(Many years ago, I wrote a simple article about my grandmother who suffered from Alzheimer's disease. I had written a poem in Spanish, my native language, but somehow I got it into my head that I wanted to be published in Guideposts, so I wrote the following article in English for that. I never sent it I have no idea why... maybe laziness... I don't know. Probably I didn't think it was good enough. But I thought today was a good day for it to finally see the light, mostly because I want to make sure that if you have a loved one suffering from this disease you realize that they still have much to offer, that you still have a chance to connect with them, to get to know them in a very different way, to enjoy their quirks, their wit, even their crankiness. Under your relative's thin veil of confusion there lies the person he/she was, without inhibitions.)
As my best friend dialed her grandmother’s telephone number, I stood still, amazed that she knew the number by heart. Suddenly, I felt a rush of guilt overflowing me, "How come I don’t know grandma’s phone number?"
I thought we were a very close family. We visited our grandmother every week and she would give my sisters and me a glass of Pepsi and a plate of Social Tea cookies. We talked, we watched television, shared a few memories together and then, off we went to our house until another week had passed and we would do it all over again. I never felt the need to call my grandmother, Tata, on the phone. Whatever it was we had to say, I figured, it could wait until our next visit. So my guilt found a justification and I was relieved.
However, although we may plan visits and trips and rationalizations, we can never fully plan for our unknown future, God does it for us. And His plan for our next step in life took me by surprise: Tata had Alzheimer’s and she could not live alone any longer. She misplaced her keys, she believed that she was being robbed, she argued that she wasn't receiving her retirement checks, she wasn't eating right, dressing right or behaving normally. She was sick.
So my family’s next move was for her to move in with us. "Well", I thought, "at least I will know her phone number now." But it felt strange. Pretty soon I realized that a few cookies and sodas, a few visits and talks did not provide for an understanding of who this woman sleeping in the bed next to mine really was. I did not know her.
What bothered me the most was that it was too late to start getting to know her. She had lost sight of who I was, who my mother was, where she was, what year it was, if she had eaten, if she took a shower, if the dress she had on was hers (and most of the time it was mine). Sometimes she didn't even recognize herself and had conversations with her mirror image! To me, it was funny and endearing, but, at the same time, I sadly realized that it was impossible to get to know someone that didn't even know herself anymore. The more her mind escaped her, the more irrational and erratic she acted.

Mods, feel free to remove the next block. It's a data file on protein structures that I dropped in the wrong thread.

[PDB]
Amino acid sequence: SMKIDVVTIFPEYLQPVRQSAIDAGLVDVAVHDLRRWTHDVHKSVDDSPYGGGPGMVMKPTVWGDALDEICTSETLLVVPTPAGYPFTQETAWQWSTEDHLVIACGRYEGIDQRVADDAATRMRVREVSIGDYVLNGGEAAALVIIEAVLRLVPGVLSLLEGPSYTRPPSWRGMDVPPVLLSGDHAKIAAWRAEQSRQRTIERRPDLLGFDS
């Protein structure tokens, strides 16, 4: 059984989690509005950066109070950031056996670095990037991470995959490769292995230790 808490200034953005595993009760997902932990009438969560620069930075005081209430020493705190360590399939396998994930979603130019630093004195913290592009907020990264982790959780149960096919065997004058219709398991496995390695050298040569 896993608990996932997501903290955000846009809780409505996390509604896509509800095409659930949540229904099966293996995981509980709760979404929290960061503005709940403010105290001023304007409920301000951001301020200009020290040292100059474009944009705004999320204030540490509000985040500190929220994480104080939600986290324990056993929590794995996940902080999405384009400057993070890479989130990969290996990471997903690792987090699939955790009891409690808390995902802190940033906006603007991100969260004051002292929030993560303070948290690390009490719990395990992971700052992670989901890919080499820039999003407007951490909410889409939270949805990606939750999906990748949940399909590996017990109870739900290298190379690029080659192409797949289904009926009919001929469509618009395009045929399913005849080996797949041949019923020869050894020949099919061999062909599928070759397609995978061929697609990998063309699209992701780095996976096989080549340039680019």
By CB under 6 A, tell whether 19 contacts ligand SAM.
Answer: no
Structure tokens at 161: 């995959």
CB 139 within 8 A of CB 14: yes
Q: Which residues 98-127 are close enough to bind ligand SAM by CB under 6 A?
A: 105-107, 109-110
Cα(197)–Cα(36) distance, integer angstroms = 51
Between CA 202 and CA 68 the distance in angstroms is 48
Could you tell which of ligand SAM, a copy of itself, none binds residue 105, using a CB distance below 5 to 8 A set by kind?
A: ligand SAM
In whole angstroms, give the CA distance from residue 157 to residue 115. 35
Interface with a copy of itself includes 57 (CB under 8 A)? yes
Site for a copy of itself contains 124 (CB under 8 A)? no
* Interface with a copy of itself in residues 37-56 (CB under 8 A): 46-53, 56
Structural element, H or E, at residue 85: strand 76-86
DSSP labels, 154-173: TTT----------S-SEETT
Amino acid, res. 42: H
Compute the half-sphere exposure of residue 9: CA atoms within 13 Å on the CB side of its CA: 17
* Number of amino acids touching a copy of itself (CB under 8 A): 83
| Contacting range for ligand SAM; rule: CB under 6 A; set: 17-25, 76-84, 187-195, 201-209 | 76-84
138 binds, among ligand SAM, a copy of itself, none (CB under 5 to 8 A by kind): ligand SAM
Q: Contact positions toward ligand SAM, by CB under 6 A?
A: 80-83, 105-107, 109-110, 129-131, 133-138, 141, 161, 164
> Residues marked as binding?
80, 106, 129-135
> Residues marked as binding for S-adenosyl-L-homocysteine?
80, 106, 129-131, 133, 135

On the days we went to church, however, she was on her best behavior. A woman raised with strict rules, she knew how to behave in public and she never forgot that. She was extremely ladylike and very well mannered, unlike me, and, she would say, unlike my sisters, too. To her, we had no social skills whatsoever. She knew how to sit properly, how to address someone in public, how to talk to strangers. She valued appearances, so she would put on makeup up to her ears, she would brush her hair, and always, always, pose. She would pose when talking to someone, she would pose for the camera, she would pose when laughing, she would pose when having a headache or when inventing a headache, she would pose when she wanted to dance or even when she thought no one was looking. She had class. I never knew that before.
At home, she would sit in the rocking chair, staring at herself 70 years before. She was a teenager in her eyes. She would ask to see her mother, her deceased sister Maria, her brother Milan, and her father. She wanted to be sure the cows were taken care of and the errands had been run. Then, suddenly, it was 30 years later and she was asking to see her daughters, her husband, and Juanchon, her driver. She wanted to cook dinner, tend to the pets, and make sure the clothes were washed. A very hands-on and caring person, she always wanted to be certain her family was well and taken care of.
When she came back to our reality, she would call me by name but did not recall she was my grandmother; she thought she was my aunt, that my mother was her sister, and that she was in charge of all of us. She was the matron of the house, capable of making decisions, the woman in charge who would kick visitors out if she thought it was too late or that it was the wrong time to visit. Every single time we had to explain her situation and ask our friends to please forgive her. But she was offended if her authority was questioned. In her eyes, she was responsible enough, old enough, intelligent enough, healthy enough to be respected and to be seen as the leader, as the chief. She was tough, and strong, and stern.
Tata was never more real to me than in those last years of her life. In the beginning, I was frustrated and afraid that I wouldn't know how to deal with her because I didn't know her. In the end, I realized that God really does work in unexpected ways. When I thought it was too late to get to know the woman lying in the bed next to mine, God opened a beautiful window through her eyes and I got to meet my grandmother as a child, as a teenager, as a newlywed, as a mother, as a grandmother, and as a friend. God knew it was not too late to get to know the funny, classy, caring and strong woman Tata was, and so He made sure I would meet her when I was old enough to know how important and valuable she really was.